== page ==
bequeath

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Bequeath

To dispose of Personal Property owned by a decedent at the time of death as a gift under the provisions of the decedent's will.The term bequeath applies only to personal property. A testator, to give real property to someone in a testamentary provision, devises it. Bequeath is sometimes used as a synonym for devise.

West's Encyclopedia of American Law, edition 2. Copyright 2008 The Gale Group, Inc. All rights reserved.

bequeath

v. to give personal property under provisions of a will (as distinct from "devise" which is to give real estate). 2) the act of giving any asset by the terms of a will. (See: will, bequest)

Copyright © 1981-2005 by Gerald N. Hill and Kathleen T. Hill. All Right reserved.

bequeath

to dispose of property by will.
Collins Dictionary of Law © W.J. Stewart, 2006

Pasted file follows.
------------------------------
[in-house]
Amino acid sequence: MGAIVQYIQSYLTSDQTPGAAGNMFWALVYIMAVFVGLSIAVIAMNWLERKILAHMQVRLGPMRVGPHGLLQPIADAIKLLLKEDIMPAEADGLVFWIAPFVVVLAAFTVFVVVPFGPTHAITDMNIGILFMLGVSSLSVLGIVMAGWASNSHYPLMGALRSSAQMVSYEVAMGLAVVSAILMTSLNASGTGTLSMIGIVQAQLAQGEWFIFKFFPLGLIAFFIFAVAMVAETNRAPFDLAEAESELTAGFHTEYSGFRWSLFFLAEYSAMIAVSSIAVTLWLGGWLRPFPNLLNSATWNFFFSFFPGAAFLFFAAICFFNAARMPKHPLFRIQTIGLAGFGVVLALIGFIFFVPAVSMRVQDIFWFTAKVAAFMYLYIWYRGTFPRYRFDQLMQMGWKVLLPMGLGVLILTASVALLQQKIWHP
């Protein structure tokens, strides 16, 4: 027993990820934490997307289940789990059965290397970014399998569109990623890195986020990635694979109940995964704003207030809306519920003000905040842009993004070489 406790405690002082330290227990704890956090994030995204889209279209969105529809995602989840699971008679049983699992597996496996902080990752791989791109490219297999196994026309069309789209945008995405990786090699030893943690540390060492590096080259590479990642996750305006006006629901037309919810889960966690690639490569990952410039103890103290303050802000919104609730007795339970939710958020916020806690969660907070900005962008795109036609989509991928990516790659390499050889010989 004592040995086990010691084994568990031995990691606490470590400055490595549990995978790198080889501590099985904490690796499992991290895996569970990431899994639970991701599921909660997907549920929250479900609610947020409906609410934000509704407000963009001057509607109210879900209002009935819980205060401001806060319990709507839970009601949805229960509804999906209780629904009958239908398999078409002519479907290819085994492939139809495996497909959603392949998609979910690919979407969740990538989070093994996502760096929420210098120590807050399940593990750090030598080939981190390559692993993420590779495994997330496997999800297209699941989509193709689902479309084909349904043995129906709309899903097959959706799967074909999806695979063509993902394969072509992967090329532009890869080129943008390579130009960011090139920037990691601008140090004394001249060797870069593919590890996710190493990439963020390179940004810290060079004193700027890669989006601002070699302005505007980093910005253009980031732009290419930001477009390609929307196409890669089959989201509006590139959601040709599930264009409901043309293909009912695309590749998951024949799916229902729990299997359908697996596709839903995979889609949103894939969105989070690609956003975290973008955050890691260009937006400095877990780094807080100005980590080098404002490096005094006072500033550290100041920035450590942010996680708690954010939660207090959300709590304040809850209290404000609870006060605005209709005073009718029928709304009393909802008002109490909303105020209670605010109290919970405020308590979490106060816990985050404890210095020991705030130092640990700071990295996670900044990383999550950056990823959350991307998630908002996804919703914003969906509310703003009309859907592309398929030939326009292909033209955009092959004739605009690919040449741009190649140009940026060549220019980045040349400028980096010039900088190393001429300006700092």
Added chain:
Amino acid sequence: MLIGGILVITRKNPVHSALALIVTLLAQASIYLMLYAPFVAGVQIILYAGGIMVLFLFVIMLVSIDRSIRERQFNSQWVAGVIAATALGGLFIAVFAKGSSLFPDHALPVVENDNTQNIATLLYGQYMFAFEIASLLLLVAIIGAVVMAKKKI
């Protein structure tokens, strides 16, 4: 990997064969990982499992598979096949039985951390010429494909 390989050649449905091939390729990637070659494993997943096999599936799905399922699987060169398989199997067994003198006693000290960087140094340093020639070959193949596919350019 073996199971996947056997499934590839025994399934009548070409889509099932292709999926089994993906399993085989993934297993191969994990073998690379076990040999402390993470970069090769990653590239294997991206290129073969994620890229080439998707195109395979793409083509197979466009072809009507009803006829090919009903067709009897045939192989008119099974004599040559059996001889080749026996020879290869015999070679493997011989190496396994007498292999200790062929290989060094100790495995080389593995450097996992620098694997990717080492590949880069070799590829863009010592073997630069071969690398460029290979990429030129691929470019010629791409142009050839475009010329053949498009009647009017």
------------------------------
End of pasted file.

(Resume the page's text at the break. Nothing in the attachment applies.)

TO BEQUEATH. To give personal property by will to another.

A Law Dictionary, Adapted to the Constitution and Laws of the United States. By John Bouvier. Published 1856.
References in periodicals archive ?
121 on a future sale of a residence, the testator should either bequeath the residence outright to the beneficiary or bequeath it to a trust that provides the beneficiary with any of the powers provided in Sec.
In the historic document Shakespeare bizarrely bequeaths to his wife his 'second best bed' while friends and family receive the lion's share of his wealth.
However, towards the end of his life Shakespeare is believed to have been reunited with his two daughters and on his deathbed he bequeathed his 'lands' to Susanna and to Judith pounds 300, which in today's terms would be around pounds 150,000.
MOST wealth held by retired people is likely to be bequeathed to future generations rather than spent, research has found.